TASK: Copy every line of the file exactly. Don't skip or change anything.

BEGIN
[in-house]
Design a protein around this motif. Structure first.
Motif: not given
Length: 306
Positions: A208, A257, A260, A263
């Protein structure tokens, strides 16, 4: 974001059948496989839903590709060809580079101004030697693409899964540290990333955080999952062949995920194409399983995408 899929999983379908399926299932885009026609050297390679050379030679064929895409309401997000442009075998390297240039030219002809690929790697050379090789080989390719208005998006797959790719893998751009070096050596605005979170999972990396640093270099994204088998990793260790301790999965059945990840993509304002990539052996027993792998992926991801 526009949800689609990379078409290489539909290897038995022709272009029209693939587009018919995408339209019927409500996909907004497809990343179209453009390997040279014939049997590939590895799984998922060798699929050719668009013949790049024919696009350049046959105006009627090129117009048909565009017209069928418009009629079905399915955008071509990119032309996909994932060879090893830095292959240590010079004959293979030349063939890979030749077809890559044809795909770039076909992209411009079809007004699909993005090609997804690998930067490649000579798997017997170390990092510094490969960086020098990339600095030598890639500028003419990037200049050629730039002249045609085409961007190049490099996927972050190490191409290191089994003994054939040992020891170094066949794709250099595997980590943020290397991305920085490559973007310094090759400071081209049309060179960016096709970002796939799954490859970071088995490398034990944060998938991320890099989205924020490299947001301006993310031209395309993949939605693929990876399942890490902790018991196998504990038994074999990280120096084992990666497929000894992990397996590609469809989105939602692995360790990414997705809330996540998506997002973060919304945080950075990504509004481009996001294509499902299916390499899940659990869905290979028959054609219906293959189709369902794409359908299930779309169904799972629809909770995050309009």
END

[in-house]
Design a protein around this motif. Structure first.
Motif: not given
Length: 306
Positions: A208, A257, A260, A263
């Protein structure tokens, strides 16, 4: 974001059948496989839903590709060809580079101004030697693409899964540290990333955080999952062949995920194409399983995408 899929999983379908399926299932885009026609050297390679050379030679064929895409309401997000442009075998390297240039030219002809690929790697050379090789080989390719208005998006797959790719893998751009070096050596605005979170999972990396640093270099994204088998990793260790301790999965059945990840993509304002990539052996027993792998992926991801 526009949800689609990379078409290489539909290897038995022709272009029209693939587009018919995408339209019927409500996909907004497809990343179209453009390997040279014939049997590939590895799984998922060798699929050719668009013949790049024919696009350049046959105006009627090129117009048909565009017209069928418009009629079905399915955008071509990119032309996909994932060879090893830095292959240590010079004959293979030349063939890979030749077809890559044809795909770039076909992209411009079809007004699909993005090609997804690998930067490649000579798997017997170390990092510094490969960086020098990339600095030598890639500028003419990037200049050629730039002249045609085409961007190049490099996927972050190490191409290191089994003994054939040992020891170094066949794709250099595997980590943020290397991305920085490559973007310094090759400071081209049309060179960016096709970002796939799954490859970071088995490398034990944060998938991320890099989205924020490299947001301006993310031209395309993949939605693929990876399942890490902790018991196998504990038994074999990280120096084992990666497929000894992990397996590609469809989105939602692995360790990414997705809330996540998506997002973060919304945080950075990504509004481009996001294509499902299916390499899940659990869905290979028959054609219906293959189709369902794409359908299930779309169904799972629809909770995050309009």